Design of the Stress Incontinence Surgical Treatment Efficacy Trial (SISTEr).

Academic Article

Abstract

  • OBJECTIVES: To describe the methods and rationale for the first randomized controlled trial conducted by the Urinary Incontinence Treatment Network. METHODS: The primary objective of this clinical trial is to compare two commonly performed surgical procedures for stress urinary incontinence-the Burch colposuspension and the autologous rectus fascial sling-for overall treatment success for urinary incontinence and stress-type symptoms of incontinence at 24 months after surgery. Secondary aims include a comparison of complications, quality of life, sexual function, patient satisfaction, costs, and the need for additional treatments or surgery; and an evaluation of the prognostic value of preoperative urodynamic studies. The Stress Incontinence Surgical Treatment Efficacy Trial is being conducted on 655 women with predominant stress urinary incontinence, as determined by history and physical examination, urinary stress test with witnessed leakage, and voiding diary. Administration of all questionnaires and performance of examinations, tests, and both surgical procedures are standardized within and across the clinical centers. Assessments occur preoperatively and at 6 weeks and 3, 6, 12, 18, and 24 months postoperatively. A sample of 655 women ensures 80% power to detect a 12% difference (60% versus 72%) at the 5% significance level. The intent-to-treat analysis will use Fisher's exact test and time-to-failure analyses. RESULTS: Enrollment was completed in June 2004 with 24 months of follow-up to end in June 2006. CONCLUSIONS: This is the first large, multicenter randomized clinical trial comparing these two standard-of-care procedures for stress incontinence.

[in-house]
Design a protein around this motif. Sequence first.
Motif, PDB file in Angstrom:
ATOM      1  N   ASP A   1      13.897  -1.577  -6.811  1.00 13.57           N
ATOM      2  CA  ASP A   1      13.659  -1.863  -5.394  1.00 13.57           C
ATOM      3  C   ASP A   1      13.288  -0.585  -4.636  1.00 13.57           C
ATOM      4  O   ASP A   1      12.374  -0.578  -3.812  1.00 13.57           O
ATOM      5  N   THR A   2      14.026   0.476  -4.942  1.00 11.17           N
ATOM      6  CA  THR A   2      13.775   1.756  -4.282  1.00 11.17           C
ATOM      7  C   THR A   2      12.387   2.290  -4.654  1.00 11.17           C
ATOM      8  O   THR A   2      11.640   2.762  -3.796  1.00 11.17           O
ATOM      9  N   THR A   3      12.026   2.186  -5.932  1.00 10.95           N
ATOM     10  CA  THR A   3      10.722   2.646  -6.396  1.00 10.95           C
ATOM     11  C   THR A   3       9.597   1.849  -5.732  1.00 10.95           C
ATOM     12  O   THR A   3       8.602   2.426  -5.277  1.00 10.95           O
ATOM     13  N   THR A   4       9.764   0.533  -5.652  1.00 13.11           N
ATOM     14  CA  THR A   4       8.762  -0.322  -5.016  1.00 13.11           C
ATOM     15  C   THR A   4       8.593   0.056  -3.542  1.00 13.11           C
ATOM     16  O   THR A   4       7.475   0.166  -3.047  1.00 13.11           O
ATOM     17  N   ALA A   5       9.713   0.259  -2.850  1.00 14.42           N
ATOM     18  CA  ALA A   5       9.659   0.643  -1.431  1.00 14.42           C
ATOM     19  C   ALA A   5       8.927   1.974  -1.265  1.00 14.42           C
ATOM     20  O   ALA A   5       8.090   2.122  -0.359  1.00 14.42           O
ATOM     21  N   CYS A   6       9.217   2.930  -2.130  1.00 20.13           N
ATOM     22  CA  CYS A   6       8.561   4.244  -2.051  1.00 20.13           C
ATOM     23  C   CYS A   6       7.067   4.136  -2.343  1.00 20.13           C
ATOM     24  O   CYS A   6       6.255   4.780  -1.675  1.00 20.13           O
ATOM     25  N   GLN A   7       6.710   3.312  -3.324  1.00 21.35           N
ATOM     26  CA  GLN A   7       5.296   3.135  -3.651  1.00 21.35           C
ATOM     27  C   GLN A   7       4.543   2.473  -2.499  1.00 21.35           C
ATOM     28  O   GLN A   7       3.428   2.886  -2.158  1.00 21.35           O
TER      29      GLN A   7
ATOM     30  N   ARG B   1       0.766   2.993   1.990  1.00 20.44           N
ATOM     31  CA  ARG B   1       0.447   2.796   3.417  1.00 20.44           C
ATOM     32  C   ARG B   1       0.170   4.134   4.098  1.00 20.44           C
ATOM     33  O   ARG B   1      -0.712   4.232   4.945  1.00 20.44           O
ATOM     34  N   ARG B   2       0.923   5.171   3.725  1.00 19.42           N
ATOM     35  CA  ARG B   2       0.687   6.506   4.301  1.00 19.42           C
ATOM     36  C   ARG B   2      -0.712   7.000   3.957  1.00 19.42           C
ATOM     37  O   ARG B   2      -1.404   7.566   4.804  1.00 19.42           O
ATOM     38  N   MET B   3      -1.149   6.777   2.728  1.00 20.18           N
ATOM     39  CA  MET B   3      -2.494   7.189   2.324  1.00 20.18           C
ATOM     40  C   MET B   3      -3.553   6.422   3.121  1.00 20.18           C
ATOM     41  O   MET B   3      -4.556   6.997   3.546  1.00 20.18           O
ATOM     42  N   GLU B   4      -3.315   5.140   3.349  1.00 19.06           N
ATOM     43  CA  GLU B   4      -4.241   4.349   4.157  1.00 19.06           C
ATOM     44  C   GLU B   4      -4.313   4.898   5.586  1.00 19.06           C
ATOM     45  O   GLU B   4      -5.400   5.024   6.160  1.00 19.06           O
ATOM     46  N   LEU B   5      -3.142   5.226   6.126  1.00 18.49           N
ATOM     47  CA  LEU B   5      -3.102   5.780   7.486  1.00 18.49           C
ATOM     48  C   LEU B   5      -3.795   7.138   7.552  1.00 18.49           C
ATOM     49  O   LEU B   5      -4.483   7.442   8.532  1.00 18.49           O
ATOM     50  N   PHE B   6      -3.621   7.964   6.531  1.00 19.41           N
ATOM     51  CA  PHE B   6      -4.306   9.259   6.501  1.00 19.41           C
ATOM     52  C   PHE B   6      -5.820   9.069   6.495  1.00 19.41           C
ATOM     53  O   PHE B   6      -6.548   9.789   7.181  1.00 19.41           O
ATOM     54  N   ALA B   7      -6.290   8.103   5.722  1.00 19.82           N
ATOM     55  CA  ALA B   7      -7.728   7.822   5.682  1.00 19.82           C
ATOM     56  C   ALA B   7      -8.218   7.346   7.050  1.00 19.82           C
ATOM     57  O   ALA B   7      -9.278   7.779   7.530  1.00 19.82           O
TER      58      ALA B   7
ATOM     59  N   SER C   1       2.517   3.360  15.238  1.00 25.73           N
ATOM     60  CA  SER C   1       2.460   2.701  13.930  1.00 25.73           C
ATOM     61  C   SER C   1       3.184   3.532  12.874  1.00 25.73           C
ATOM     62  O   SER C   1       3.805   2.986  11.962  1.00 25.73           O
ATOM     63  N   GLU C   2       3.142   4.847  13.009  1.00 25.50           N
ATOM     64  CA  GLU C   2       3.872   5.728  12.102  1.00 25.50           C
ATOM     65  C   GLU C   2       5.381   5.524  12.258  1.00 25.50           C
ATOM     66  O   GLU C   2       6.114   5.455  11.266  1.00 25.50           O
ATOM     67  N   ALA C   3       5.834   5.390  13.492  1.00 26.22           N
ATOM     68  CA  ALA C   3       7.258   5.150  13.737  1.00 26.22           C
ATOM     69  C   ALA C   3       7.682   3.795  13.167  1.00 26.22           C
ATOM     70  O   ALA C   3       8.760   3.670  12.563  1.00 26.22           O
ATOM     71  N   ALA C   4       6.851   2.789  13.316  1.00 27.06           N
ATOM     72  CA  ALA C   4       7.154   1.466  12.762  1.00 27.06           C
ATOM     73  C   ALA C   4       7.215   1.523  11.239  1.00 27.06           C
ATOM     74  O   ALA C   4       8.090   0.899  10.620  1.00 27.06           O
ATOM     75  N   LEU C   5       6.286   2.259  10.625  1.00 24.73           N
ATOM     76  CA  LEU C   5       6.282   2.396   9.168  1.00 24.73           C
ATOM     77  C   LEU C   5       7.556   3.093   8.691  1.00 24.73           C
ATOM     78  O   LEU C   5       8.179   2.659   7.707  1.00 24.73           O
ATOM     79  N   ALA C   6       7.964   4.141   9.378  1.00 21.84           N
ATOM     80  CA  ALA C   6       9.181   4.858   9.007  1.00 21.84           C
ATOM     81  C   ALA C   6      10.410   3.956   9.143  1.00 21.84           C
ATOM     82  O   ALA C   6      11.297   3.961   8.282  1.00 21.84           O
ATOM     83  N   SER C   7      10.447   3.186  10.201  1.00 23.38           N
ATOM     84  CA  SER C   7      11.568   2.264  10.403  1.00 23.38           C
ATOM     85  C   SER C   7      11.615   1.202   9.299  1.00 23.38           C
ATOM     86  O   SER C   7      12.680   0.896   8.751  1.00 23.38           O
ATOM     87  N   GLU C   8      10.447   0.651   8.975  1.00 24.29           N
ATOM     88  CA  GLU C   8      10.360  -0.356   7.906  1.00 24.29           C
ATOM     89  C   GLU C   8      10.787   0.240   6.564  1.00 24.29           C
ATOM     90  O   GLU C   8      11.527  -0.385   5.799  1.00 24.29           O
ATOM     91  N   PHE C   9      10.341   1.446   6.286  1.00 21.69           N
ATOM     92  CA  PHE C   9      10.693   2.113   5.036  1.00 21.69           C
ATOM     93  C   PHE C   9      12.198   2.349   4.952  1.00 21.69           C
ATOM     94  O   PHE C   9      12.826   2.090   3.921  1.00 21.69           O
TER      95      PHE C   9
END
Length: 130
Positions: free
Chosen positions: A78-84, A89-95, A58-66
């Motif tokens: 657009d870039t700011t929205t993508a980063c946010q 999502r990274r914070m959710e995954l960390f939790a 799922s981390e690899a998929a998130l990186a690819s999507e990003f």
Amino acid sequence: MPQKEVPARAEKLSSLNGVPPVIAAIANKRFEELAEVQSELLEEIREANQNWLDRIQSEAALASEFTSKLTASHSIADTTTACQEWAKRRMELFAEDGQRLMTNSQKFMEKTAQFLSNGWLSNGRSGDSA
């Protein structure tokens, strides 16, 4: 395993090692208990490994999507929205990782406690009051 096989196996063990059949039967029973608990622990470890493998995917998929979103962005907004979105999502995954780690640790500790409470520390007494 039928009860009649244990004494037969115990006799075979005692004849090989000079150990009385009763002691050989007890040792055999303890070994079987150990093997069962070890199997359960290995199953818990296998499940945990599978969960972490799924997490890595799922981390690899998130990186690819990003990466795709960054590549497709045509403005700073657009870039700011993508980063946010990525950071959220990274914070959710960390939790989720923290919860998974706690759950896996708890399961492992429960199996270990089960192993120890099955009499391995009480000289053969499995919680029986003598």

• Authors

    Published In

  • Urology  Journal
  • Keywords

  • Female, Humans, Middle Aged, Multicenter Studies as Topic, Randomized Controlled Trials as Topic, Urinary Incontinence, Stress
  • Digital Object Identifier (doi)

    Pubmed Id

  • 11007037
  • Author List

  • Tennstedt S; Urinary Incontinence Treatment Network
  • Start Page

  • 1213
  • End Page

  • 1217
  • Volume

  • 66
  • Issue

  • 6